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Dealers back calls for scrappage scheme extension

The Society of Motor Manufacturers and Traders (SMMT), together with the Retail Motor Industry Federation (RMIF) believe the Government should increase its £300 million contribution to the scrappage scheme.

Since its launch in May, it has been responsible for 215,747 new car orders (as of September 13).

The voluntary discount scheme sees owners of cars or vans over 10-years-old offered £2,000 off the price of a new car: £1,000 each from the Government and manufacturer/dealer.
Business secretary Lord Mandelson has already ruled out an extension.

The SMMT was initially undecided over whether an extension was the best long-term solution, but has now called for it in a unified move from the manufacturers. 

Paul Everitt, SMMT chief executive, said: “Consumer confidence is still weak and recovery remains extremely fragile. Avoiding a relapse in demand is critical to the UK economy and an extension to the scrappage incentive scheme, which has already proven its credentials as a cost-effective support mechanism, will ensure a more stable outlook for vehicle demand.”

The SMMT is calling on the Government to extend the scheme through to the original closing date of the end of February 2010.
It hopes to counter the impact of a higher rate of VAT and the
introduction of the first year vehicle excise duty rates.
AM asked four dealer council chairmen: should the scrappage scheme be extended?

Keith Kingham, managing director of Kinghams in Croydon

“It definitely should be extended. But the problem we have is we can’t get hold of any cars to sell through it. Daihatsu is not exporting from Japan at the moment because of problems with the yen.

“We also have a SsangYong franchise and 60% of our sales have been through scrappage. I’m positive the scheme will be extended and if it’s not, I’m very worried about what’s going to happen to sales across the industry.”
David Manchester, managing director of Charters Peugeot

“I don’t see what else is going to drive the market. September looks like it could be up by 14%, but as soon as the scrappage scheme comes to an end the market will return to negative numbers.”

Peugeot dealers have been asking for an extension of the scheme since July. 

“It’s got to be a no brainer for the Government because the cost of the scheme is offset from the VAT it is earning back from sales. The big question mark for me is how much of the £300 million has been taken up by the administration costs.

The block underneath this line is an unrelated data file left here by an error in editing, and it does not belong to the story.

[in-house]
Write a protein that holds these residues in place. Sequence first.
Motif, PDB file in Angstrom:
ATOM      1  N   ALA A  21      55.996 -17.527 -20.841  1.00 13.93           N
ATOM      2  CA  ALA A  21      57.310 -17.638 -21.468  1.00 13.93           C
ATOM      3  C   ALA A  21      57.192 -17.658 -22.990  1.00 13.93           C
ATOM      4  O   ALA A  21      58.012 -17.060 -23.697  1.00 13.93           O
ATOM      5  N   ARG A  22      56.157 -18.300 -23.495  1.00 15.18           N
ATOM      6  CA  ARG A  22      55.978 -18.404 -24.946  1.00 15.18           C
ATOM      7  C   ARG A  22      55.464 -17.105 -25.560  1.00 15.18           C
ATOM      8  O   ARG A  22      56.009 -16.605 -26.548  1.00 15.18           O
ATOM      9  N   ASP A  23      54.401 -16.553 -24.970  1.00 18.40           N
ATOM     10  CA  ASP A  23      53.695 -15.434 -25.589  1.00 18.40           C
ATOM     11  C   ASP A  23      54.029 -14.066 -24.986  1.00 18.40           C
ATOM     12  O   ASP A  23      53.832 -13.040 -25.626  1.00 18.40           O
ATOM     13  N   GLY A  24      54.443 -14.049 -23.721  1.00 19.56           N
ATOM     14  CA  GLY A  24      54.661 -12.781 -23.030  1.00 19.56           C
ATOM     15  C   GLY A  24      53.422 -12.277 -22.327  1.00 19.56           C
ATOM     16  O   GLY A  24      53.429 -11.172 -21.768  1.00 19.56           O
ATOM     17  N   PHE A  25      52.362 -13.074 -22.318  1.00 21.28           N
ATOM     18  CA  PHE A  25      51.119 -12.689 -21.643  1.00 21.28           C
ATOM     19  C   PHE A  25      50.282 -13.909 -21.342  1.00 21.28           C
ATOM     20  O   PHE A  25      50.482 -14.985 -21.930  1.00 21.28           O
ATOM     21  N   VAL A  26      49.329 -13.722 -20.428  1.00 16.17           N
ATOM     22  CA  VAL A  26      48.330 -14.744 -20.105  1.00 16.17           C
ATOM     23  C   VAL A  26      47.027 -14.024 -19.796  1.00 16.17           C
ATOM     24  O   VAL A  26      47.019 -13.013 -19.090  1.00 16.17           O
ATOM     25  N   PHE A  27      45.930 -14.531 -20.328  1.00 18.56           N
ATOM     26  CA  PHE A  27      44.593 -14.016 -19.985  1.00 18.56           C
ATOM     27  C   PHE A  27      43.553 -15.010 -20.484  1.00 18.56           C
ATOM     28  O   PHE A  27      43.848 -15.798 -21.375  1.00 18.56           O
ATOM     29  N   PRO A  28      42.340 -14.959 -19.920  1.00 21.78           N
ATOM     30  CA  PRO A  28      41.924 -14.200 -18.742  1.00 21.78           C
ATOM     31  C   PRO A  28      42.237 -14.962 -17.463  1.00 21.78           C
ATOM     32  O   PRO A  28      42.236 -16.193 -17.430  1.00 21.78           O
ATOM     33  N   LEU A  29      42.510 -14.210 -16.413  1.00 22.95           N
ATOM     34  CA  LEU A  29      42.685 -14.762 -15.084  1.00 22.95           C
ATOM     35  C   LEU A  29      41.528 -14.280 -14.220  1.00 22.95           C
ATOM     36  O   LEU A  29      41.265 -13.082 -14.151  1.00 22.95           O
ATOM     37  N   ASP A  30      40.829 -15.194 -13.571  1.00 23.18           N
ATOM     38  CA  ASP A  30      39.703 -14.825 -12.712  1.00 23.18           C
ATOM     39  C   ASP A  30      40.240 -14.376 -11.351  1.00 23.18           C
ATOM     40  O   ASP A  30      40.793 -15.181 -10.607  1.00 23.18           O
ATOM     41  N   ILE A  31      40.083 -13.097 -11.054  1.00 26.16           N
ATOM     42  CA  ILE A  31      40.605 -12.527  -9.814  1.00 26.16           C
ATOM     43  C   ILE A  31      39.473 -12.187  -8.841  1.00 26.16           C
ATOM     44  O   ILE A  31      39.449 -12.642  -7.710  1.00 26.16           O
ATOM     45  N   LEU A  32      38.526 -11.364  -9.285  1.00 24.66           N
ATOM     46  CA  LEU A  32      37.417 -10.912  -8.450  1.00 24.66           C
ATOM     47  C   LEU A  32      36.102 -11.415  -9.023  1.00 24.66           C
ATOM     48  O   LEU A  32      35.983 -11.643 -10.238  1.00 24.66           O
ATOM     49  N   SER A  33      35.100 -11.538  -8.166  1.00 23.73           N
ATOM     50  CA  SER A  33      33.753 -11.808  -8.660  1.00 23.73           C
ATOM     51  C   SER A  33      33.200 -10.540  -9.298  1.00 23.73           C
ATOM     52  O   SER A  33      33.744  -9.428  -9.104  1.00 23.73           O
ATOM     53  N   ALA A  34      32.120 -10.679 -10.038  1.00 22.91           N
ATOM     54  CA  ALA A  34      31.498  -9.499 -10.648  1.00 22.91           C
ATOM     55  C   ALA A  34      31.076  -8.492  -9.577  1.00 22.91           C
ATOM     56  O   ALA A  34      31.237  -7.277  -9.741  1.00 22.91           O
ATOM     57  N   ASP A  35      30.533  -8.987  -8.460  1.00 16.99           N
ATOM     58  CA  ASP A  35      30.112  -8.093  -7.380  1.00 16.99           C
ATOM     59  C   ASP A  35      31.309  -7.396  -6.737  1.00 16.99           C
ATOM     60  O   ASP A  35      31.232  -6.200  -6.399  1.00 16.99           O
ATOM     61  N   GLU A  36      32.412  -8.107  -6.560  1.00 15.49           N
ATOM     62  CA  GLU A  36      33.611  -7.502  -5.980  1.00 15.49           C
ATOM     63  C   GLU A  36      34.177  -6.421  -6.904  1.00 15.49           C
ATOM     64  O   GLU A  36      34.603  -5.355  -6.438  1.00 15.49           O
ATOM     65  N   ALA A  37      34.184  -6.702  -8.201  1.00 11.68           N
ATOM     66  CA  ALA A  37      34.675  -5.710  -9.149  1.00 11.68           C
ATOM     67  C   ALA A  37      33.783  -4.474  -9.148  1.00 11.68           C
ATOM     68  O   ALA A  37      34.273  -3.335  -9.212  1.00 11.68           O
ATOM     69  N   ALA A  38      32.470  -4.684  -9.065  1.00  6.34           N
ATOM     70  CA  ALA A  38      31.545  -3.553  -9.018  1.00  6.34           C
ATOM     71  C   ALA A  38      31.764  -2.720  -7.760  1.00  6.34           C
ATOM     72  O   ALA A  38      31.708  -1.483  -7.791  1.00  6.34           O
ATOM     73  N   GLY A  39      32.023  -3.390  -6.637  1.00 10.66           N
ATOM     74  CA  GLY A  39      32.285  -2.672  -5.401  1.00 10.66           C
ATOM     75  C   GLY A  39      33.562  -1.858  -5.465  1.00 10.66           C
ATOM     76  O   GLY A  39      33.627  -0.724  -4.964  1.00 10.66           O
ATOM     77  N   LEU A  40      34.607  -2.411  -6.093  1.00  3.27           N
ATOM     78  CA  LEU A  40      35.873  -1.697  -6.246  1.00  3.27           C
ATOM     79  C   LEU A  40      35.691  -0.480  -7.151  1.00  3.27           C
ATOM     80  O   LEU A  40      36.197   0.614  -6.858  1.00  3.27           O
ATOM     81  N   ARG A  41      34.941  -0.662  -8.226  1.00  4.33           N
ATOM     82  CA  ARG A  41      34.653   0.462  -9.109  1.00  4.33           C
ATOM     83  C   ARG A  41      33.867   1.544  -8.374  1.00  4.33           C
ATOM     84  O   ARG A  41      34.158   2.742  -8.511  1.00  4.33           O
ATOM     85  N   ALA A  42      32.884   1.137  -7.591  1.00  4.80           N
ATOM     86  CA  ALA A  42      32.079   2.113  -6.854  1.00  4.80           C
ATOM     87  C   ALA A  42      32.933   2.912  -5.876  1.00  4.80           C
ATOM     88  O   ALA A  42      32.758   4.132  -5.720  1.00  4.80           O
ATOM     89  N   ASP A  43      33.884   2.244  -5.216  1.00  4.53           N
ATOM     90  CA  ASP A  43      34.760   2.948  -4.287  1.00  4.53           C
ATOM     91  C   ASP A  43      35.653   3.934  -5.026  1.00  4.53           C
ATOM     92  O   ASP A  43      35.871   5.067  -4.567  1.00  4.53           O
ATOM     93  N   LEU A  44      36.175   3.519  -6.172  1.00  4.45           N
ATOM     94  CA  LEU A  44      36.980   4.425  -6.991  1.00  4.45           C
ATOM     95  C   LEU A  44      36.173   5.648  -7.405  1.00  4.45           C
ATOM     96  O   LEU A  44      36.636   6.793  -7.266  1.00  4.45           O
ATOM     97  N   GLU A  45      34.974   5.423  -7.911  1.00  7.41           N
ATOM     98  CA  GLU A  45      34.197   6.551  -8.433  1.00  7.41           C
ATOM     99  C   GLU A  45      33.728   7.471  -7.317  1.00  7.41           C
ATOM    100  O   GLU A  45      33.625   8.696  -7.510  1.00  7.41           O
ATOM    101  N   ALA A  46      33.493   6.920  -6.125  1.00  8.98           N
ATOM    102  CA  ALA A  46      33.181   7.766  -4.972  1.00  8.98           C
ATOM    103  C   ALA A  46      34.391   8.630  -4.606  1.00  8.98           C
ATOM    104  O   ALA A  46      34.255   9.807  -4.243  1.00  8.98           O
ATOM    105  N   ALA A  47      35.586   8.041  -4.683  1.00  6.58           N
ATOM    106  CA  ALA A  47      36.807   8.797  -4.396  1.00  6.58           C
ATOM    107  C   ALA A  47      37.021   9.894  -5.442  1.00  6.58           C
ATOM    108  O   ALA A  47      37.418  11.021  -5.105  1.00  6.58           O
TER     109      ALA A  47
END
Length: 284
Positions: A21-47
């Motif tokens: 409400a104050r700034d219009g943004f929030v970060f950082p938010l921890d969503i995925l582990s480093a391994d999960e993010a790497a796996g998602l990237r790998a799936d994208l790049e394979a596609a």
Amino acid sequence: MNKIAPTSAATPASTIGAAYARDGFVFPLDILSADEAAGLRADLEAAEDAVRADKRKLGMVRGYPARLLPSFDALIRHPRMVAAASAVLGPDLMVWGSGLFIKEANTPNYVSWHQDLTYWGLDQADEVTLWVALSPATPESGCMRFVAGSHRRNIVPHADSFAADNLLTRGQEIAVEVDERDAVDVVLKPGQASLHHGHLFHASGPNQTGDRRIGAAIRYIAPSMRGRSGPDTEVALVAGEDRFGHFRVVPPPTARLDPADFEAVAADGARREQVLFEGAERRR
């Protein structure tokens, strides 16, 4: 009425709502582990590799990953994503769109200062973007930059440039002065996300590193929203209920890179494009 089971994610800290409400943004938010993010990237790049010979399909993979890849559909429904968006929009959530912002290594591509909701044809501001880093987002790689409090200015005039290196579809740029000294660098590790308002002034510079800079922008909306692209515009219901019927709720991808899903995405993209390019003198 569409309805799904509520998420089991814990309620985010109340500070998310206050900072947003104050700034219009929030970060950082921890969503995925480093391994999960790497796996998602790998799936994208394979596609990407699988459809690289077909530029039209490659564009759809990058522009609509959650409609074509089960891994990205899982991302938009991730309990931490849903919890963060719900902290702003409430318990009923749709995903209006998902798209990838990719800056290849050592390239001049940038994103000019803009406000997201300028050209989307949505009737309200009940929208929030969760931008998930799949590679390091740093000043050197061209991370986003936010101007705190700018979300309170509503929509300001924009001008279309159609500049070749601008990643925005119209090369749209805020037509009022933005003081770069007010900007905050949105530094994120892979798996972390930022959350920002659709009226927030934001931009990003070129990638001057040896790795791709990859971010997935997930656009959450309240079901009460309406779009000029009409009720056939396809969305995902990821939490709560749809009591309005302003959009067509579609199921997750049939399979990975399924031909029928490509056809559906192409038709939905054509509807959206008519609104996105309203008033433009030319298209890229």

“The Government says the money is being used for 300,000 registrations vehicles, but it’s not going to because a lot will be used up by administration.”

John Miskin, owner of Sportif Citroën

“I’m concerned how the media could feed a rush of scrappage sales by highlighting the fact the scheme is coming to an early end. Transaction prices have gone up and there is a severe danger if the media get hold of this fact and, despite cars being as cheap as they have ever been, manufacturers could be painted in a bad light.

“The scrappage scheme should be phased out slowly, with the contribution reducing gradually from £2,000 to £1,400 and finally to £500. This has been mooted in other countries. The difference being in Europe, governments contributed all the money. 

If the UK government gradually reduced its contribution would the manufacturers make up the
short-fall?”

Steve Burrows, managing director of Pentagon Toyota

“The introduction of scrappage has proved a huge success with 200,000 orders already placed. 

With an expected 65% of these being incremental purchases this has already given 130,000 extra registrations. It came at a time when the auto industry was down 28% year-on-year. 

“However, it is still a fragile position. An extension to scrappage, which has already happened in Europe and the USA, would be welcomed and should ideally continue until we begin to see a sustained recovery in the economy. 

“Towards the end of Q2 2010 to coincide with the election would be the best result for all parties.

“With the current economy, scrappage needs to be extended to maintain new car sales and benefit the rest of the economy, which is contributed to by car sales. 

“It will help footfall, staff retention and help retain jobs in other sectors associated with the automotive industry.” 

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